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Waylen, Georgina. 2006. “Constitutional Engineering: What Opportunities for the Enhancement of Gender Rights?” Third World Quarterly 27 (7): 1209–21.
Author: Georgina Waylen
The majority of feminist scholars have neglected the impact of constitutional design to date. But it has recently come to the fore, as institutional engineering has been a key part of the efforts to ‘build democracy after conflict’ (or impose it from the outside), most notably in Iraq and Afghanistan. This paper will examine some contrasting experiences of constitutional design (with evidence drawn primarily from some transitions to democracy) and draw out some wider lessons for feminists exploring effective strategies to enhance gender rights. It will also widen the debate from the institutional concerns that have predominated to date, namely quotas as a mechanism to enhance women's descriptive representation and, to a lesser extent, national women's machineries as a mechanism to enhance women's substantive representation. It will focus more broadly on the opportunities that constitutional design can provide to embed women's rights more securely and create an enabling framework that can subsequently be used toenhance all forms of women's rights, not just civil and political ones.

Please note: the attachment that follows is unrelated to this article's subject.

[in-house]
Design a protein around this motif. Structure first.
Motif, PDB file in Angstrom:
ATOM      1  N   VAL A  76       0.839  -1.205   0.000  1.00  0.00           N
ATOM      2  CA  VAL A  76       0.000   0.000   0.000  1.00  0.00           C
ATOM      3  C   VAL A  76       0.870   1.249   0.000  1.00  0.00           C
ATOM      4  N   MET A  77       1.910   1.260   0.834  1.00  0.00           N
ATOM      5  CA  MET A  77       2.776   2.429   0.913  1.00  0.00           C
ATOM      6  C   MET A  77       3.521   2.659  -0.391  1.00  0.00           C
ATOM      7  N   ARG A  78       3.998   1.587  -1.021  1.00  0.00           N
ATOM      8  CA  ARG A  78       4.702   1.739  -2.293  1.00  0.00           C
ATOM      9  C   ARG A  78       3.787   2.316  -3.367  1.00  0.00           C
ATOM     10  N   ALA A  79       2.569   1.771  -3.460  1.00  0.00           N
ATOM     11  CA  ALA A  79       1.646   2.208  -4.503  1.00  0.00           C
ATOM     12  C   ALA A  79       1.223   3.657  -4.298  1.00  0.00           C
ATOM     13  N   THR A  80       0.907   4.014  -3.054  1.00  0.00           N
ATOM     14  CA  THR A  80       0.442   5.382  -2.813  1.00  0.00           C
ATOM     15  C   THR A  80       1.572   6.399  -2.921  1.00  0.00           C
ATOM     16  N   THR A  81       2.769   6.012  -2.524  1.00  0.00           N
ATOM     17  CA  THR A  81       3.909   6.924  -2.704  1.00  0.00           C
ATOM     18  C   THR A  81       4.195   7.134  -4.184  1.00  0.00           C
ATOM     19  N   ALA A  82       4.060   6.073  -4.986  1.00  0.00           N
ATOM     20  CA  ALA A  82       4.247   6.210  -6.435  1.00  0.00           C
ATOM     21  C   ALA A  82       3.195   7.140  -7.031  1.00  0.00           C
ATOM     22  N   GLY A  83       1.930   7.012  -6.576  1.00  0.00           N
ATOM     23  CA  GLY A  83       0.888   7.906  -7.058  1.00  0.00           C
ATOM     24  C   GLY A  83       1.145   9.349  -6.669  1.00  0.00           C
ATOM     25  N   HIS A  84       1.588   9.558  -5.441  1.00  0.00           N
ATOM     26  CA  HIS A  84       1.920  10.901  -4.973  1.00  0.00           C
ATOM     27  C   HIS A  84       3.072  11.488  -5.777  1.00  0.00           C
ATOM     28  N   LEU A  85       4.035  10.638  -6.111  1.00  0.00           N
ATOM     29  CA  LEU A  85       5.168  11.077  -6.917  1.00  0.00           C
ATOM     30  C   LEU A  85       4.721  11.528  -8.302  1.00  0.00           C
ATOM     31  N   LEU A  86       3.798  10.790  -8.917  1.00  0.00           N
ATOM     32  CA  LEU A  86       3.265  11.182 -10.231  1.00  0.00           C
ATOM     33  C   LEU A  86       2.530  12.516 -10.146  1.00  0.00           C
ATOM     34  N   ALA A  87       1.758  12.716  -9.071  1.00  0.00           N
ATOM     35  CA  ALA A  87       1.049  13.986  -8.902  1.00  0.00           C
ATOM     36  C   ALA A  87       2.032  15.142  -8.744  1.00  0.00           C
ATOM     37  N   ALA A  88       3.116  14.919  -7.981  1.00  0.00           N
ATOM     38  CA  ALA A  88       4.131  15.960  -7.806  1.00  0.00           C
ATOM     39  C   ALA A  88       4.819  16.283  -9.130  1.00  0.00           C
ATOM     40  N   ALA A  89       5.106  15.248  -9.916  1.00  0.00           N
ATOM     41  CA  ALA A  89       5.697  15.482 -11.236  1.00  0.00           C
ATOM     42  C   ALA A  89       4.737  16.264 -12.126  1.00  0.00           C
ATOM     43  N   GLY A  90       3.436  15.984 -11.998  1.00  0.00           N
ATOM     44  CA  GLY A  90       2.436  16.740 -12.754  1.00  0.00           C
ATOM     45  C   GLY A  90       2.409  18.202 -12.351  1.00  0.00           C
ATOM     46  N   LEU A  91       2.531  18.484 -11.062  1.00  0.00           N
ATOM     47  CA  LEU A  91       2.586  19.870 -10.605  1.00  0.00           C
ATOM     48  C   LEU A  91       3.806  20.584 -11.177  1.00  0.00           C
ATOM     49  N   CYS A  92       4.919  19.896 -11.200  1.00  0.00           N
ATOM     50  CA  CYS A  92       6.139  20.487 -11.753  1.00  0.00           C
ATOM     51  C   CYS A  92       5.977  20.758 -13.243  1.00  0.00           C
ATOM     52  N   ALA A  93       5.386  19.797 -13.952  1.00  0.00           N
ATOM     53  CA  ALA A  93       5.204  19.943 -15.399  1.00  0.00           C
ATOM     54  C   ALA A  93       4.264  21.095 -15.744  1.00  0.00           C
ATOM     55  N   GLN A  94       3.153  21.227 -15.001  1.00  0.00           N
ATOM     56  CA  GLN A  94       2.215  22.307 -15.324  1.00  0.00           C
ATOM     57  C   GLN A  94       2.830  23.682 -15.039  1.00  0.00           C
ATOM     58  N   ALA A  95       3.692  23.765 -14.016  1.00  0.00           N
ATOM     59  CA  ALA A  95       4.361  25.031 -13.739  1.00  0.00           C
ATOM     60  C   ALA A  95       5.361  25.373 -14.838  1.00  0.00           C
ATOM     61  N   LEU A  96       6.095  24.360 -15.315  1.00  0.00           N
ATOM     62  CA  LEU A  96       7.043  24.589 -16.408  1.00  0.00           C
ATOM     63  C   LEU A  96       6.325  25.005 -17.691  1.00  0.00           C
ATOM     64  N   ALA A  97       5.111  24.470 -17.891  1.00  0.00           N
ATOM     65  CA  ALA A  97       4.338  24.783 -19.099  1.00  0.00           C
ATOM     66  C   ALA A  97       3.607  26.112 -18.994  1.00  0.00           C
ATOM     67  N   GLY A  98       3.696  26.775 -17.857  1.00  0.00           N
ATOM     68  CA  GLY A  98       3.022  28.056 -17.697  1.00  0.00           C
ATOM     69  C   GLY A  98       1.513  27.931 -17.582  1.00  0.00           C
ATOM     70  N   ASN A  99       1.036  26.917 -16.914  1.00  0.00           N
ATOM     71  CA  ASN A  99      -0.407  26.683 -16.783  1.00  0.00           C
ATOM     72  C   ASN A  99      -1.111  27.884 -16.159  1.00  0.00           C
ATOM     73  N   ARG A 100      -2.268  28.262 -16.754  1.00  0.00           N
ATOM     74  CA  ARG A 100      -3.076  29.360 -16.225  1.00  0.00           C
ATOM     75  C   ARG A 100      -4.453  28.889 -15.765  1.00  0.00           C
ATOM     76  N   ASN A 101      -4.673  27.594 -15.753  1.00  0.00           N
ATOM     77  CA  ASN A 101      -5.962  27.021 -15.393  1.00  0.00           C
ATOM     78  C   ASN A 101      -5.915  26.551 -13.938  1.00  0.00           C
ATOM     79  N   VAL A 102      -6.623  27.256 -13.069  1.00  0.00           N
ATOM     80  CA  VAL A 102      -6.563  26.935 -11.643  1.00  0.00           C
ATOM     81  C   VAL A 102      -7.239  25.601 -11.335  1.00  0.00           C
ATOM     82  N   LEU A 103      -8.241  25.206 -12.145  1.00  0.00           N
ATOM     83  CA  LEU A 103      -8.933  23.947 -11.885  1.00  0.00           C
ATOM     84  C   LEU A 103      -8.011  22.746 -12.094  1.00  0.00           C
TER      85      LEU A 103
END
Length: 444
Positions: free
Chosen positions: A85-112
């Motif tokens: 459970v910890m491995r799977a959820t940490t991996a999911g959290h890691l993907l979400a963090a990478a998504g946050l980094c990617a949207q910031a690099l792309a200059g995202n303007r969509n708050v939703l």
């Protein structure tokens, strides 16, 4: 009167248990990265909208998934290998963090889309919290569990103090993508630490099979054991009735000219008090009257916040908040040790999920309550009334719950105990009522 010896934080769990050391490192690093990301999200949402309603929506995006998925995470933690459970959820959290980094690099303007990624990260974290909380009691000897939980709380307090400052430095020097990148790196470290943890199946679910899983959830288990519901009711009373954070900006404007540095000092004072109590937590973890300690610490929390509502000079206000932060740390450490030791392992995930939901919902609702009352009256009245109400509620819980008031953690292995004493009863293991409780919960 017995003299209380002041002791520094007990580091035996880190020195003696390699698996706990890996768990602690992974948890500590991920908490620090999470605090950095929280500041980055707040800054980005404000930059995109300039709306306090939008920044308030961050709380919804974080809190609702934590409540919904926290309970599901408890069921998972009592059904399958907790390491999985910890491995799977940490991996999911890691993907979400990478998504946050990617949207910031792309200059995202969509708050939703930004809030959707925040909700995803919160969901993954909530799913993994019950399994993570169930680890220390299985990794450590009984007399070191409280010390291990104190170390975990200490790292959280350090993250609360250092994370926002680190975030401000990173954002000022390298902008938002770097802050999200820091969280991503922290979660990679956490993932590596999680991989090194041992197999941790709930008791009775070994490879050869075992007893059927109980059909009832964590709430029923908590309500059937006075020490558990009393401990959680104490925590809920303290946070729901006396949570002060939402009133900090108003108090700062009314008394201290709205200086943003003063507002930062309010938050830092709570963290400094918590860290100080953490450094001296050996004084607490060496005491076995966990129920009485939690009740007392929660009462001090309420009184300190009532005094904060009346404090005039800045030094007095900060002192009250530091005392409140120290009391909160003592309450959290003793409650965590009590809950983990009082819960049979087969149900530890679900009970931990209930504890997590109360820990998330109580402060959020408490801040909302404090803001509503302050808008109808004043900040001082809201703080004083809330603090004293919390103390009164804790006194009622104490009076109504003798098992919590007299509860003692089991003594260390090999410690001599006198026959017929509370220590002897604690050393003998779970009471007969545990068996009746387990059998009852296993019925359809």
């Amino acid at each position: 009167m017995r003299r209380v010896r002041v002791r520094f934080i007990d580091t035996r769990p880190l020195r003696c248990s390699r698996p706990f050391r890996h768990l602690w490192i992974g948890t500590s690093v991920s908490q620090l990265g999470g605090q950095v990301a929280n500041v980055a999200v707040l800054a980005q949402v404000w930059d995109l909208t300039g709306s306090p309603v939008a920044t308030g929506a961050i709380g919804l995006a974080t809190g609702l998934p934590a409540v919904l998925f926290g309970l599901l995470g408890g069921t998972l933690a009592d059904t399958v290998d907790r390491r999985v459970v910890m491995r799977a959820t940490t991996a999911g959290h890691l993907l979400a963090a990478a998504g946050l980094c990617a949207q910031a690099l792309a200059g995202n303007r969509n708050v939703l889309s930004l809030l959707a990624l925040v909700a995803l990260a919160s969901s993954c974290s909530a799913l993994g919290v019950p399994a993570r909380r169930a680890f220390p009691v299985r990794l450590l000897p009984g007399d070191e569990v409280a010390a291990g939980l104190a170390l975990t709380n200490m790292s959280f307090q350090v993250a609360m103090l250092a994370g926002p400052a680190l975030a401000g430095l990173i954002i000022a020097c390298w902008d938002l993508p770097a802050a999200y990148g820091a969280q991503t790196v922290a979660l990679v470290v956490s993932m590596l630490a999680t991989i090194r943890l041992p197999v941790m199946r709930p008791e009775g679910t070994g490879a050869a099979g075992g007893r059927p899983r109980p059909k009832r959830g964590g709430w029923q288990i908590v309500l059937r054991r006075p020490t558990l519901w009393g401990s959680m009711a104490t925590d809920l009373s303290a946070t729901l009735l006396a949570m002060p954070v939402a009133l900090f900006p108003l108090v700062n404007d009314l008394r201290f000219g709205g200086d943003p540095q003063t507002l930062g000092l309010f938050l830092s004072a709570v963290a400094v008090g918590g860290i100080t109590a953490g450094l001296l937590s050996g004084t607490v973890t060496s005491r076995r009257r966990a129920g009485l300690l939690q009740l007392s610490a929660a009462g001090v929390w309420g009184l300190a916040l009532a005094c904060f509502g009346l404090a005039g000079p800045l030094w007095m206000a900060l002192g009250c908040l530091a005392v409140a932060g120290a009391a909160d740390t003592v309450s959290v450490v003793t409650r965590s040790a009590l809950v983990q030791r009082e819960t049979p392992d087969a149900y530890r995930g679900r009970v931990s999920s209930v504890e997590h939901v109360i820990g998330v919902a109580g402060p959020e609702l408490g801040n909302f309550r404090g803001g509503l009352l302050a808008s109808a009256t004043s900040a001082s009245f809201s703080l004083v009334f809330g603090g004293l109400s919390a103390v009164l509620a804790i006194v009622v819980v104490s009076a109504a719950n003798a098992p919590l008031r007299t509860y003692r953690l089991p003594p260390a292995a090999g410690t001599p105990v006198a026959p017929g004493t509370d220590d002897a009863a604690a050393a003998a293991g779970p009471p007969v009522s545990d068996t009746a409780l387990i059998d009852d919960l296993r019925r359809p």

Topics: Feminisms, Gender, Women, Governance, Constitutions, Quotas, Post-conflict Governance, Peacebuilding, Political Participation, Post-Conflict, Post-Conflict Reconstruction, Rights, Women's Rights Regions: MENA, Asia, Middle East, South Asia Countries: Afghanistan, Iraq
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